white pegboard tool storage rack, on mobile base.
Mobile pegboard tool storage monolith.


Geogia Aileen, our american bully mix rescue mutt, continues to get me out and about every day. Yesterday was cold, rainy, and miserable. Today, the lack of rain made it just cold, which is a lot less miserable, frankly. By the time I’m halfway through our walk, I’m shedding layers in hopes of not breaking into a sweat. Sweating on cold walk is a bad thing. Sometimes Georgia gets to be off leash for a while, and play by herself or with friends (once we’re well away from the road). As it was Sunday, she didn’t have to wear her bright orange hunter alert vest.

Black on white dog on gravel road.
Georgia Aileen on the gravel road heading up to the reservoir.


Marcia and I continue to be reasonably healthy. A couple of months ago, I got my third covid booster shot (Pfizer bivalent) and my seasonal flu shot. A couple of weeks ago, I got the first of two shingles shots. And this last week, I got one of the once-every-ten-year procedures done, as one of those unpleasant but sane precautionary activities. No bad news, but they want me on a five year repeat schedule going forward.


It started to get cold, and the ponds around us started icing up. Then it got warmer again, and we got a bunch of rain, and the ice is all gone again. And while we got a dusting of snow a couple of weeks ago, that’s long gone and there’s no more in the short- or mid-term forecasts. Sigh. I like snow.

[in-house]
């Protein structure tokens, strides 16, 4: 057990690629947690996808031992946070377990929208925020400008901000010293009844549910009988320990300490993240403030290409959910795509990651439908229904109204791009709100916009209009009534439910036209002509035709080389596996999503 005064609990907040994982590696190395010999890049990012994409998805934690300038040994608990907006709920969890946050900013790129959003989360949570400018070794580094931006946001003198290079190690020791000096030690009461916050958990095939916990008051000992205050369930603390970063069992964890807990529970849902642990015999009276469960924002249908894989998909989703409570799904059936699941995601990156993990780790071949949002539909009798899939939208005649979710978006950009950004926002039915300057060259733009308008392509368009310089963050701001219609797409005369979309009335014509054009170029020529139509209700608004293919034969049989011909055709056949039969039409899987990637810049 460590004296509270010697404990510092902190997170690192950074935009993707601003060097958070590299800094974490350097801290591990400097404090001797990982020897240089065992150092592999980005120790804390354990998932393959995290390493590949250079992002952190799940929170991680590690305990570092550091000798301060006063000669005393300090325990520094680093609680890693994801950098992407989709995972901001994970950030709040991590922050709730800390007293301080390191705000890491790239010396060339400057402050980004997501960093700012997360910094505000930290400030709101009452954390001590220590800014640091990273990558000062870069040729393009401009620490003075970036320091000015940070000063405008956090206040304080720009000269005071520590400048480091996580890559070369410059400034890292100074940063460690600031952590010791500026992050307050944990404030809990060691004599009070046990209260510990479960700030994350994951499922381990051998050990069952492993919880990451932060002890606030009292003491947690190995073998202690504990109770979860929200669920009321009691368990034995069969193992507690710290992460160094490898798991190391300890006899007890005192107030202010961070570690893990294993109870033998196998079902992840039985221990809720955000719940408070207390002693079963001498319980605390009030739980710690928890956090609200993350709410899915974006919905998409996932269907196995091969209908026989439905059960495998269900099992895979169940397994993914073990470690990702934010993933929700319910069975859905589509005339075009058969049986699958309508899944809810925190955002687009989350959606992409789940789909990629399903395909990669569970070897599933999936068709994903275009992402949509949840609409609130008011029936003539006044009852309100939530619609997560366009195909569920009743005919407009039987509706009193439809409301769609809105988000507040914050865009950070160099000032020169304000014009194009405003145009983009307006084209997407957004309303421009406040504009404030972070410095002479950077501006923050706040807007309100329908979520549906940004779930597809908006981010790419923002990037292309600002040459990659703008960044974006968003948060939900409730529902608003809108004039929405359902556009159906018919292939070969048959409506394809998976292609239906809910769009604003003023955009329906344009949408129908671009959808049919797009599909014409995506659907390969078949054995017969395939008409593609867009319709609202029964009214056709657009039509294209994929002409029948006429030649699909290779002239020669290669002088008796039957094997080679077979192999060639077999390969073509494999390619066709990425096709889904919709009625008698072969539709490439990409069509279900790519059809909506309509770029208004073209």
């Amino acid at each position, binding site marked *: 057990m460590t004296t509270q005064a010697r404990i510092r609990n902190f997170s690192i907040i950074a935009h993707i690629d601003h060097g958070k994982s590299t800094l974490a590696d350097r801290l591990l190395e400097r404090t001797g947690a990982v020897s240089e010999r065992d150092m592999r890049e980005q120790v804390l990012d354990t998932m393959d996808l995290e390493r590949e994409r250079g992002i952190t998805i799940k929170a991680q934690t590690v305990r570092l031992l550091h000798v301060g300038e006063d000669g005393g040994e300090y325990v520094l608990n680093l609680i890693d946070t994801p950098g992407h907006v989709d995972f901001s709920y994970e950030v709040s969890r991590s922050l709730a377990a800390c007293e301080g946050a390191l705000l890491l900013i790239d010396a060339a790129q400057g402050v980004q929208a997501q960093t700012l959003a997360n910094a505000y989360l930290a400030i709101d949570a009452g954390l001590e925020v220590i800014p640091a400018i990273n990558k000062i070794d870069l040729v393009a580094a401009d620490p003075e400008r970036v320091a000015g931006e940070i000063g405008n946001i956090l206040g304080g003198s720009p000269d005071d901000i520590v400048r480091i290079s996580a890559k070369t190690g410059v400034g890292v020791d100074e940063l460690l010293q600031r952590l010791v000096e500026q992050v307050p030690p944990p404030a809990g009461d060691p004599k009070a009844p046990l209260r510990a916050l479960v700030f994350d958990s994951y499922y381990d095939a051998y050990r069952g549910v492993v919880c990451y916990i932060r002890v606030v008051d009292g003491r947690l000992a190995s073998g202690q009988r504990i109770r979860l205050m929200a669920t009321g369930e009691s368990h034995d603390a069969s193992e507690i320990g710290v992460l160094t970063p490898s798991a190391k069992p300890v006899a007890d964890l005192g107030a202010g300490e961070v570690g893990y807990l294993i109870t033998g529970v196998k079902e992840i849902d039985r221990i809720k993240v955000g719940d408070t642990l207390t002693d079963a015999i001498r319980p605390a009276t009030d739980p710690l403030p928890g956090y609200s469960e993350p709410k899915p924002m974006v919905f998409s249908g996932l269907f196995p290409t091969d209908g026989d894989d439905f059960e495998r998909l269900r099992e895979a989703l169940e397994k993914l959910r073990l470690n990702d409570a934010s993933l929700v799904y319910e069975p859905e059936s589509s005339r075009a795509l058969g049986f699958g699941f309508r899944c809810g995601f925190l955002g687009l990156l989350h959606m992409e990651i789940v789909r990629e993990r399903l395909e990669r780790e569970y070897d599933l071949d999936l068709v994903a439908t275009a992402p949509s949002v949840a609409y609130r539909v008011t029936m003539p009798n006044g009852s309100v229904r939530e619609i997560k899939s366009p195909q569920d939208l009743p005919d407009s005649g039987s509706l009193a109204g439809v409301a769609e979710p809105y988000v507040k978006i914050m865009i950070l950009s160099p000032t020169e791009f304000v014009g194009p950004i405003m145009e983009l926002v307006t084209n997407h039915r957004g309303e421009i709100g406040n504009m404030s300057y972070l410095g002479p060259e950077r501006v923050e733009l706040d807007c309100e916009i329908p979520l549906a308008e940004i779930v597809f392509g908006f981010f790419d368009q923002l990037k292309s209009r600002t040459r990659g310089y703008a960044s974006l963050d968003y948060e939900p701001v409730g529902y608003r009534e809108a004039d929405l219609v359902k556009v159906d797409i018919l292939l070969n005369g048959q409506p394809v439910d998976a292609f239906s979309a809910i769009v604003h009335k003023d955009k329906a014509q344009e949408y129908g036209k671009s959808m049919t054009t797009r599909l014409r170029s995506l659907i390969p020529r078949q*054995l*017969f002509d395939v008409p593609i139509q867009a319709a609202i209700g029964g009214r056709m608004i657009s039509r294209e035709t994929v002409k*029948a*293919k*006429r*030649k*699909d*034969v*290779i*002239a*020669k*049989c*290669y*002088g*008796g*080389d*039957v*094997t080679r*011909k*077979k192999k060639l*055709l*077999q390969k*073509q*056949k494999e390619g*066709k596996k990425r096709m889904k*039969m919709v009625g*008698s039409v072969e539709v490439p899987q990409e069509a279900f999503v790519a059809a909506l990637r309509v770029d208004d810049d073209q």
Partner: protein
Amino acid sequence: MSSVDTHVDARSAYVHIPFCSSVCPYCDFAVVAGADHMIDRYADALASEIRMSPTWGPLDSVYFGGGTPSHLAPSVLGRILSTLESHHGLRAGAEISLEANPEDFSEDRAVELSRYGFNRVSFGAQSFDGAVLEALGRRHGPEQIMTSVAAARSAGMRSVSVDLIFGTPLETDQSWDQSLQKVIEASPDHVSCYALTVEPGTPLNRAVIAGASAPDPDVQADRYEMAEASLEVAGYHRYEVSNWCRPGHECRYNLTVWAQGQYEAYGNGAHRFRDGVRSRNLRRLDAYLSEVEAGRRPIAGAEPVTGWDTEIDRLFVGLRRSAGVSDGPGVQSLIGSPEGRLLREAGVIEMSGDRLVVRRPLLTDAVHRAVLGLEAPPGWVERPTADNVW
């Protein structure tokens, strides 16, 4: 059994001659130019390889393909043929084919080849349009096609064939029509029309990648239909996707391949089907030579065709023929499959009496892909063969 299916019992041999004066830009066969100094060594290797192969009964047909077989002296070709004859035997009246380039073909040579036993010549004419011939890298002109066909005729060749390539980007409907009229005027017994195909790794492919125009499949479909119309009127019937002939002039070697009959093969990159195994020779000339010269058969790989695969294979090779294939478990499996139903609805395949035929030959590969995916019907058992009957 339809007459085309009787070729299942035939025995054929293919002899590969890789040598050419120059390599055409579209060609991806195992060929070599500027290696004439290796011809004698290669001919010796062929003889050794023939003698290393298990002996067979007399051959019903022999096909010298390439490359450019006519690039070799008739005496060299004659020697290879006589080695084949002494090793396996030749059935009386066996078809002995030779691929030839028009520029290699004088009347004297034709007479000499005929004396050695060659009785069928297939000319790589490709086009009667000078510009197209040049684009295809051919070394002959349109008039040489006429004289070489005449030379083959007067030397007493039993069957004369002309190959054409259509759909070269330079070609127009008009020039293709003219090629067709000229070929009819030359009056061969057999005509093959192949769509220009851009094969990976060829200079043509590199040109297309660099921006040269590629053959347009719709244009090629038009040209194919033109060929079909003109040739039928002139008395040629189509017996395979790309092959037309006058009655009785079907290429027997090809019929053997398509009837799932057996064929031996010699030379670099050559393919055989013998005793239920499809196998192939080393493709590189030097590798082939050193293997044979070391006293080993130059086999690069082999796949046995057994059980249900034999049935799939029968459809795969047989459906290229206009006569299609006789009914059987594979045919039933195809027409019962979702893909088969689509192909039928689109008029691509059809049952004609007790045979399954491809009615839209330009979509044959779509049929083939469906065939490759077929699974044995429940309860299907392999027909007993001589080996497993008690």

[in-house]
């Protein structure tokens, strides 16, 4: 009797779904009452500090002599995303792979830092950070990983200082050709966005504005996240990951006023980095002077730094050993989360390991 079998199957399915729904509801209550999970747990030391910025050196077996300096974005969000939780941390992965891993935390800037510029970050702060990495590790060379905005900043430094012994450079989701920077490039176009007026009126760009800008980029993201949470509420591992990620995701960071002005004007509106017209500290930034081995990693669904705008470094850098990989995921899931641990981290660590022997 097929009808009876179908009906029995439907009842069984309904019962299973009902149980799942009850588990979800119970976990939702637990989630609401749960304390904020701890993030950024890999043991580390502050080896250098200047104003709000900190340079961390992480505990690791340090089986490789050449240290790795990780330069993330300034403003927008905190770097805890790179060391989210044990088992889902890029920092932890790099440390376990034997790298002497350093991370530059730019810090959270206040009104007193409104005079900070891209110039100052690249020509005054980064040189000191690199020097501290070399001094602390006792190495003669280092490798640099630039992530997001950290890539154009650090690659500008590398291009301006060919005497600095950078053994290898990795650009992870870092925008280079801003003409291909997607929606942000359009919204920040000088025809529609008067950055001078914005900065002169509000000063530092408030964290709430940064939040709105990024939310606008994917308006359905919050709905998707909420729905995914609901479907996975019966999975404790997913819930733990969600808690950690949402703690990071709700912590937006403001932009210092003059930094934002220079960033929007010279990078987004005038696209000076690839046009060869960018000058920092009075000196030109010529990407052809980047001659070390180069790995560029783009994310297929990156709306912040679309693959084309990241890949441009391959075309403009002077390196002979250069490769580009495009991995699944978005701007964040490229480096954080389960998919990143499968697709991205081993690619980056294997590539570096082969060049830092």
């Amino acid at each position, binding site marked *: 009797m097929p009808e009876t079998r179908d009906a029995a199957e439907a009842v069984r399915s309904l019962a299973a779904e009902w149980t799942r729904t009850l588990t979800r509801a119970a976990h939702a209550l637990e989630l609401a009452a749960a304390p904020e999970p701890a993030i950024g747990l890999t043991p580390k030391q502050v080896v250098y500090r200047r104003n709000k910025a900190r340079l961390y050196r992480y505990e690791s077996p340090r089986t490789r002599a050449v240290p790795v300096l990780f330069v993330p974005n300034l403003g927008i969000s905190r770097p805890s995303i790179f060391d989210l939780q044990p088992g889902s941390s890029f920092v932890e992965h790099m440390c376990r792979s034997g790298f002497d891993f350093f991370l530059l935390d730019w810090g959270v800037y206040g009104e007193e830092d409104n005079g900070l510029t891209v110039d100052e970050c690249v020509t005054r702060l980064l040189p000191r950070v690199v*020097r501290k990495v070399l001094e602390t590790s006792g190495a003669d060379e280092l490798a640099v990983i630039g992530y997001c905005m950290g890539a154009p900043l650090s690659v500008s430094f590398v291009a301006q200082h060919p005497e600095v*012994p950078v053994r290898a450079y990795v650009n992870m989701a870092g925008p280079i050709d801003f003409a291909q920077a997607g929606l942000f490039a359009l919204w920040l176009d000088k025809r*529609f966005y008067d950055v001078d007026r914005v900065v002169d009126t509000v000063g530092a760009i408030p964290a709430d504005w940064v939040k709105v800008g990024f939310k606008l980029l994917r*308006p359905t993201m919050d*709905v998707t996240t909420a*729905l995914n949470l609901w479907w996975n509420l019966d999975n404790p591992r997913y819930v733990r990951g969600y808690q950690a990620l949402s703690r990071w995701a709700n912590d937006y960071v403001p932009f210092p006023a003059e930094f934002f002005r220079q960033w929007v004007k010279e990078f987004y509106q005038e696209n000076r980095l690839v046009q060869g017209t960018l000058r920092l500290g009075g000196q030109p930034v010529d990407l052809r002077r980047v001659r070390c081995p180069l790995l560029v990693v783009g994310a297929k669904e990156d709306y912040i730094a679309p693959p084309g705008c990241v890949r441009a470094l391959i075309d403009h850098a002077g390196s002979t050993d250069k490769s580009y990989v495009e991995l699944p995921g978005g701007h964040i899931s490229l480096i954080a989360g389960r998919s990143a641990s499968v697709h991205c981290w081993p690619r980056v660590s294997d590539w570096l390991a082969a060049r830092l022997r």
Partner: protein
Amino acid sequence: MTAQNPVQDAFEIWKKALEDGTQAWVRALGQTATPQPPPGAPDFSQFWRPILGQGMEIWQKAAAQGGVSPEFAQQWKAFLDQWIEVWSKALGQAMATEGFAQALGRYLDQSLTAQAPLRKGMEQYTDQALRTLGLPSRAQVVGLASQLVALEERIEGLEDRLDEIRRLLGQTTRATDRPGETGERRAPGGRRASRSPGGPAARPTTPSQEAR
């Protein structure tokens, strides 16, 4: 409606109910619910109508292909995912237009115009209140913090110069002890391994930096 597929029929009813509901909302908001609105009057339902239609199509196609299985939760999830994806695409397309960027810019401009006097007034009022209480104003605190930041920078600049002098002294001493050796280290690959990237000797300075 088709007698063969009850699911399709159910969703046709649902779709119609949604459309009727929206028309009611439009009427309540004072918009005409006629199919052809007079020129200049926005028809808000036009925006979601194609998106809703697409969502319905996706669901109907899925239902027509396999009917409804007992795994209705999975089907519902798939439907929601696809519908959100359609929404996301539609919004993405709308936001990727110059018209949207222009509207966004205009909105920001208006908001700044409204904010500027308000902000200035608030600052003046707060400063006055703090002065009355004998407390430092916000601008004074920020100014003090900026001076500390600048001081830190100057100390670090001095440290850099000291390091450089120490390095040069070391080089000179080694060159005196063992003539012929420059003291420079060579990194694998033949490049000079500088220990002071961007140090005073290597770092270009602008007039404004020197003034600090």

20 November 2022

Keeping Up

Such as it is. It’s a busy time of year. The last of the outdoor maintenance is getting done. Leaves are all up and composted … well, they were, then a new batch blew in from across the street, argh! Friday I took off a few hours early to get some maintenance done on the propane-powered home generator, an 11KW Generac. I did all the normal maintenance stuff, and ended up having to reset the controller to make everything work right again (remove battery connections, unplug controller, plug controller back in, restore battery connections, then redo all the setup wizard steps). Not hard, just a bit of drudge work at 37°F.

Generac home generator, top open and front panel off

Abandoning Twitter

I can’t bring myself to the point where I continue to provide content of any type on Twitter, supporting the new ownership of that firm. I’ve had accounts on CounterSocial (@bilborg) and Mastodon (@[email protected]) for a good long while, and I’ve managed to find most of the folks that I care about keeping up with over on those services. I’ve dropped my following count down to 2 folks while I try to figure out how else to keep up with them.

That’s all I’ve got queued up right now. WInding down after a pretty busy weekend. I’ve been making progress in the woodshop setup, more on that soon.